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Thursday, January 04, 2007

Gov. Rell's oath of office and inaugural speech


From yesterday, here's video of Gov. Rell's oath of office and speech. Comments on her speech are still coming in from the traditional and online media. I'll give you my two cents and let you know what people are saying about the speech later.



Governor M. Jodi Rell's Inaugural Address
January 3, 2007


Ladies and gentlemen, family and friends, members of the Executive Branch, the Legislature, and the Judicial Branch. Thank you for joining Lt. Governor Fedele and me on this special occasion.

To the people of Connecticut, thank you for the honor you have bestowed upon me, in electing me to serve as your Governor. It is an honor that I hold deeply within my heart.

And to my fellow Constitutional Officers, who also begin new terms today -- Dick, Susan, Nancy and Denise -- I offer my congratulations.

This is a day of new beginnings, new promise and renewed commitment.

It is a day marked by pageantry and purpose - a day of high spirits and higher expectations.

For it is on this day that those of us honored by holding public office proudly and humbly affirm our acceptance of the public trust.

It is a trust that has been passed down by generations - indeed over three centuries.

A trust that requires us, as the guardians of government, to toil with genuineness of spirit and intention.

The people of Connecticut look to us for understanding and compassion.

They look to us for reasoned action and responsive governing. They look to us for leadership and inspiration: leadership borne of a desire to make things right, to truly make a difference...

And inspiration that flows from the purity of purpose and integrity.

As the people of Connecticut look to us, we must look within ourselves so that we never lose sight of or waver from our purpose: our sincere reason for public service.

Public service is an incredible blessing - and a burden of immense weight: a blessing of great rewards for helping those in need; and a burden of sometimes unrealistic expectations.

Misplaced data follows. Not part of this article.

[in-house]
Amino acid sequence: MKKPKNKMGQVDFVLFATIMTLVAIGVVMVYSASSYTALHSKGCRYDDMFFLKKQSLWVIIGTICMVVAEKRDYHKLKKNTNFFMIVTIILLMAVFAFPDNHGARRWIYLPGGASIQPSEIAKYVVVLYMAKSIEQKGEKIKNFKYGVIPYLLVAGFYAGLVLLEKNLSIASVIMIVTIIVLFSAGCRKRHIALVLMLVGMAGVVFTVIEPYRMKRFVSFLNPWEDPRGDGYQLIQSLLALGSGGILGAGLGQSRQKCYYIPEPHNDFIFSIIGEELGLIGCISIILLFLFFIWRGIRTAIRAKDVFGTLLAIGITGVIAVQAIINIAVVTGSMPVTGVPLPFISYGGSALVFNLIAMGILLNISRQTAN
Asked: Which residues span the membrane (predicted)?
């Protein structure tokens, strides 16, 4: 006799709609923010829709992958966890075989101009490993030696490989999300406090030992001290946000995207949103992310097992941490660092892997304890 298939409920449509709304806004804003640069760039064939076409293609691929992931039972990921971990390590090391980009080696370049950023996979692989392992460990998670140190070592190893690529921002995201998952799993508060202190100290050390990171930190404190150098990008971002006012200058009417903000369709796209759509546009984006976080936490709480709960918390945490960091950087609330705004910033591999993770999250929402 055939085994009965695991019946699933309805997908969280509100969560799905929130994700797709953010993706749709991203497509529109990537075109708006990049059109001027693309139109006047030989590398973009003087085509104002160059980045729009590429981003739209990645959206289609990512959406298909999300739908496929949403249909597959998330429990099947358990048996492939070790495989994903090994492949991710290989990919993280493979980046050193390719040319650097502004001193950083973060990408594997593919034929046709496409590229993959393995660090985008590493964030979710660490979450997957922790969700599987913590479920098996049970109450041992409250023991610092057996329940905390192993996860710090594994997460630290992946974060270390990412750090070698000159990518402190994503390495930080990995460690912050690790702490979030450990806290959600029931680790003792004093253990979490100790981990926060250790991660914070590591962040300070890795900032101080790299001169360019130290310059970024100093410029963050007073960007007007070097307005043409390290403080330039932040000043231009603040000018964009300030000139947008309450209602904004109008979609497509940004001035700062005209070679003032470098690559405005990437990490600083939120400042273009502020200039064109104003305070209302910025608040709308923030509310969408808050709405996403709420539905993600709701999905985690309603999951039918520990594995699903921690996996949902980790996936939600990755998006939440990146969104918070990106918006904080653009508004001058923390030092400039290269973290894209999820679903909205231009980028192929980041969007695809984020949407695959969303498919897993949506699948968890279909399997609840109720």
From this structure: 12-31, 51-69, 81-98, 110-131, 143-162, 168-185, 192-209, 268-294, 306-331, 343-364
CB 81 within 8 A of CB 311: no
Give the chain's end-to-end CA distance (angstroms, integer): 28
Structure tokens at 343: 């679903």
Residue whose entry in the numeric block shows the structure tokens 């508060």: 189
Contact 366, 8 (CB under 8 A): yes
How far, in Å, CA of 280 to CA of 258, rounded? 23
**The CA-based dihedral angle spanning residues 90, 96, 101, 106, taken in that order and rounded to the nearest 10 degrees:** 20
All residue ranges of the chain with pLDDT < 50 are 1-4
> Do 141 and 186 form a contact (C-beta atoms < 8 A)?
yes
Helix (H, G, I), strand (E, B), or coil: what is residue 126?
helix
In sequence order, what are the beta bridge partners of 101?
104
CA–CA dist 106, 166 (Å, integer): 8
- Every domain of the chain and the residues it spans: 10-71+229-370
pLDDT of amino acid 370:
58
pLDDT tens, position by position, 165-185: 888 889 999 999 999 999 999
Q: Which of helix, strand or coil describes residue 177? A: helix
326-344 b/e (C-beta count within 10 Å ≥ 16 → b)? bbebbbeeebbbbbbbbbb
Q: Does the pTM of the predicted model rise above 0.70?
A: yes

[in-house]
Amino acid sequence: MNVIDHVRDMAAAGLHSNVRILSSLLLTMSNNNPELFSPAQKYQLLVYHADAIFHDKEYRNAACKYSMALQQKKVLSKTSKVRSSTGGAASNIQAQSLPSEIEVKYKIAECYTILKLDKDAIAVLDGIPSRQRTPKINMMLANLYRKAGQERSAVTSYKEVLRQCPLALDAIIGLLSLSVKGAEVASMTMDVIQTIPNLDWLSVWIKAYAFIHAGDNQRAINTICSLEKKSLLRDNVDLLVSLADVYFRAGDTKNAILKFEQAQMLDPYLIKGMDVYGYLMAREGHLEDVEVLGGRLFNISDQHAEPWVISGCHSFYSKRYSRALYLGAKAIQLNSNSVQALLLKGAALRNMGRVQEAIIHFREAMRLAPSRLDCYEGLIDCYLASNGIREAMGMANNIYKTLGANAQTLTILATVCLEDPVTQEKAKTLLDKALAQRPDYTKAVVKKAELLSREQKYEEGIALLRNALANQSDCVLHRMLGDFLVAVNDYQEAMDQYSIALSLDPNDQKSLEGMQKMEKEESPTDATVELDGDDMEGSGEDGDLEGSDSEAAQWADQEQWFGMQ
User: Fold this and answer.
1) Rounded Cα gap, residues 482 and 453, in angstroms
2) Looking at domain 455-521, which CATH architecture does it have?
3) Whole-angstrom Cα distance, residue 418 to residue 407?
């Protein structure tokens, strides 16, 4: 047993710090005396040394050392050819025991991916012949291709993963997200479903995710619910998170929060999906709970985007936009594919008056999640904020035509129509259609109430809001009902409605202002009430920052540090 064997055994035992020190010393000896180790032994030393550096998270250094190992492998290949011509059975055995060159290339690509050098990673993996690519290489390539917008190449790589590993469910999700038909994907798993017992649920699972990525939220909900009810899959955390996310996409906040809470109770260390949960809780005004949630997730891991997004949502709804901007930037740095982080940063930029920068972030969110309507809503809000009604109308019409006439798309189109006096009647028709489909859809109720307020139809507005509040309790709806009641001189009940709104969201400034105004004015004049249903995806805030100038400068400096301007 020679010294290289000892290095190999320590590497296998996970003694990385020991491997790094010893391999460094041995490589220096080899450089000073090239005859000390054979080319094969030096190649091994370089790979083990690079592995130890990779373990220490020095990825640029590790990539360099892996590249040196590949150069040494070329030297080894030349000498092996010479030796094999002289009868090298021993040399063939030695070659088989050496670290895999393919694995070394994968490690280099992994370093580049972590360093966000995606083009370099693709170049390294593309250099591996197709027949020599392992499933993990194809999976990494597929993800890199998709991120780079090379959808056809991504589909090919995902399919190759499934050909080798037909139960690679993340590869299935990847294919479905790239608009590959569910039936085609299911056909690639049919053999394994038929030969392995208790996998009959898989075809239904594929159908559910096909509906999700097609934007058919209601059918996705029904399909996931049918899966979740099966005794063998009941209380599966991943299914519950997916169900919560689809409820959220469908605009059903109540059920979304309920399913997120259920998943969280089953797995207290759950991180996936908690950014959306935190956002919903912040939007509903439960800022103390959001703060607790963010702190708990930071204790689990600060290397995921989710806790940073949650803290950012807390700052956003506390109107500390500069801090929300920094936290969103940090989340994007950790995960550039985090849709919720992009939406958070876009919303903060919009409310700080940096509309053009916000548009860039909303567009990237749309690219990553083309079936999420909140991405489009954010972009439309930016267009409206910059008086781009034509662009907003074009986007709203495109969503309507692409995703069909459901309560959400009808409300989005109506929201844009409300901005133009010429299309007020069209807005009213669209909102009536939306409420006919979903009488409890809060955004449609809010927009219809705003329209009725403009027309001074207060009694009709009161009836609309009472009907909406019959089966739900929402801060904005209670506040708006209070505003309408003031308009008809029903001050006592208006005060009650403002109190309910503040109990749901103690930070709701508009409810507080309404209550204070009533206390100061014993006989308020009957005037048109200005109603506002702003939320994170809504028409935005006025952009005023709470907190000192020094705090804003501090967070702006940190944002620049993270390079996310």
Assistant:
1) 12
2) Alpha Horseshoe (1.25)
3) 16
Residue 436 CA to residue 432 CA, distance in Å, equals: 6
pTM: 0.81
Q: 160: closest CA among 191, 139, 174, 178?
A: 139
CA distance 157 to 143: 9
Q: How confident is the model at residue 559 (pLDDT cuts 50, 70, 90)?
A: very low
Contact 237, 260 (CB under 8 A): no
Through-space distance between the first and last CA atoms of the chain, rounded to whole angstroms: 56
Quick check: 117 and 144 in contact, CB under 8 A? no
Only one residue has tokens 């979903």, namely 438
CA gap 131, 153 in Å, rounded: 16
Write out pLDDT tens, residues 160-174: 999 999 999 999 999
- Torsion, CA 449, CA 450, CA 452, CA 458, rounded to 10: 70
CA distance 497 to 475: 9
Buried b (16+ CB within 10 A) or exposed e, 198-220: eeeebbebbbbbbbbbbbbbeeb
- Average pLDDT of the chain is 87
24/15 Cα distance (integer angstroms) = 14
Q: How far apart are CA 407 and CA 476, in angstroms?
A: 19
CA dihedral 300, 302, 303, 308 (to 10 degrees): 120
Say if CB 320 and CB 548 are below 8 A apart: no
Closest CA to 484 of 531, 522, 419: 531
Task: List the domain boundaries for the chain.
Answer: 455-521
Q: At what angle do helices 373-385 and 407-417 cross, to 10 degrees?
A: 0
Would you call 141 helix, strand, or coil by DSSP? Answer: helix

But it is a burden made light if we accept our challenge of leadership, mindful that we will be measured by our actions not our words, by our policies not our politics, and by the resoluteness of our commitment.

In many ways, as we begin a new year, a new administration, and a new General Assembly term, we are at a crossroads in Connecticut - a crossroads of needed economic, social, cultural and educational change. A crossroads crying out for our leadership and our inspiration.

Sometimes though, crossroads are met in personal journeys. The day I first decided to run for office - a seat in the state House of Representatives - I was at a personal crossroads.

I had been asked to run and I agonized over my decision. My children were young, my family needs were many. Candidly, I asked myself if I was up to the job of running and serving in the legislature.

I hesitated, but one day as my husband Lou and I were returning home from
a trip, we crossed the Tappan Zee Bridge. It was during the crossing of that long span that Lou convinced me that I could do it - and should do it.

And he committed to helping me, in ways large and small, so that I would do it.

I was fortunate to have someone in my life who enabled me to embrace a new opportunity, to take a new direction. Someone who stood at the crossroads with me, and in this case, who literally helped me cross the bridge to a new future.

All these years later, after serving in the state House and as Lieutenant Governor and now having taken the oath of office as Governor in my own right, I believe that we stand once again at a crossroads.

It will be up to us - those of us who hold the public trust, who share in the blessings and burdens of public service - to help the people of our state cross the bridge to a new future.

But as we stand at our crossroads, we must also recognize that there is a great yearning in our state.

A yearning for change, for improvement and also for greater equality.

And yet there is a yearning for stability for preserving the history, the tradition and the uniqueness of Connecticut. A yearning: a conflict between change and constancy.

A restlessness to address disparities, meet unmet needs and chart a new course.
Yet, a reluctance to let go of aspects of our heritage we have always known.

Yes, we are at a crossroads of great importance and inspiration. This is our call to leadership. This is our time to dream of a Connecticut that is yet to be.

For the responsibility is ours - beginning anew today – as we take the oath of office, to shape the Connecticut that we seek, but is yet to be.

The challenges we will face along our journey will be many. For change, improvement and greater equality are rarely easily won. And the deep-seated problems confronting us in education, energy, health care, taxation and job creation are not easily solved.

There will be many voices and many visions. The din of democracy,
though sweet, is often deafening.

As your Governor, I will forcefully lend my voice, freely share my vision, and help to shape a Connecticut that is yet to be.

I will seek to lead and to inspire. I will guard the public’s trust and continue to do honor to public service. And I will stand hand-in-hand with the people of Connecticut as we embrace new opportunities and take new directions.

For if we are to accomplish anything, we must work together in this time of
great change and great challenge.

And I commit myself to creating that Connecticut that is yet to be -
a Connecticut that must be - a place of opportunity where every person has the chance to chart their own course, by the integrity of their own heart.

Thank you and God bless the Great State of Connecticut.